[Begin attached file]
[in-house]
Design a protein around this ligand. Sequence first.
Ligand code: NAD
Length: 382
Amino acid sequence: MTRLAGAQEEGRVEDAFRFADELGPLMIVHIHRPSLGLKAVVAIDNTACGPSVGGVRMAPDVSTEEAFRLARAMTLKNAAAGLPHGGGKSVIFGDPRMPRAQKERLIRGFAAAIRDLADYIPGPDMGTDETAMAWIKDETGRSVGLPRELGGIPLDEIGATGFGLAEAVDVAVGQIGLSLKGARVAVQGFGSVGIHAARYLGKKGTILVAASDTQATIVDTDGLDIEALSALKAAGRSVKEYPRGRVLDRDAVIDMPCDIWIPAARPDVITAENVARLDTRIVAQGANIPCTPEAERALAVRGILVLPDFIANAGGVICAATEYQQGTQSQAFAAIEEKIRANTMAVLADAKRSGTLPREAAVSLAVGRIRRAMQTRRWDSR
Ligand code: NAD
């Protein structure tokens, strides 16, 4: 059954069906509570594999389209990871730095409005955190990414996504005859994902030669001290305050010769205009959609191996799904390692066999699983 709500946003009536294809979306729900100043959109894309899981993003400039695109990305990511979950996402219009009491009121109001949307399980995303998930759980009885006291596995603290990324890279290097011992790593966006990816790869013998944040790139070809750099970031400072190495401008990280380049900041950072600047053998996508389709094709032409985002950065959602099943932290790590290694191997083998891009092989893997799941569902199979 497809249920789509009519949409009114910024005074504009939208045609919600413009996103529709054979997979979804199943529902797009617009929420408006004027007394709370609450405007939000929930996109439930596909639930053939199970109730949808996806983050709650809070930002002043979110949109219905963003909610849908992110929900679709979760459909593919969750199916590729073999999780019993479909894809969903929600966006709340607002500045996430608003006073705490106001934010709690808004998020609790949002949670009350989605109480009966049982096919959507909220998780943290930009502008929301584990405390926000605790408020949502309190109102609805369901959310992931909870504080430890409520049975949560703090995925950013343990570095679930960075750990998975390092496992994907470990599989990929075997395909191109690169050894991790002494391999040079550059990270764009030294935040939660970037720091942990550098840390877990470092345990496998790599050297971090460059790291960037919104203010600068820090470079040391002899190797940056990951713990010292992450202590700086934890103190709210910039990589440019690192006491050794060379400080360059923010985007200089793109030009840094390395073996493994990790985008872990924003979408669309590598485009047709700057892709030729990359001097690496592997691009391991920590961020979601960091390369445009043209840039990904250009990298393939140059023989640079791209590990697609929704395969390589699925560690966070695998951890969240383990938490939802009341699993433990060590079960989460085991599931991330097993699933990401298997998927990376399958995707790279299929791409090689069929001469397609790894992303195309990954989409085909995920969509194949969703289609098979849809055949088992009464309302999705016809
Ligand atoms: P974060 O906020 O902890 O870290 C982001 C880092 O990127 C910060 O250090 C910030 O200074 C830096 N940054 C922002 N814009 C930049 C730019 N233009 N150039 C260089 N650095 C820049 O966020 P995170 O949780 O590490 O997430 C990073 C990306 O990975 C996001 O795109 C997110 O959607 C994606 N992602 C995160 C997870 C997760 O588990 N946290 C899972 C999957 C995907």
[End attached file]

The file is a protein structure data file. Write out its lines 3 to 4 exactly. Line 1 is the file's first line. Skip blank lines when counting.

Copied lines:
Ligand code: NAD
Length: 382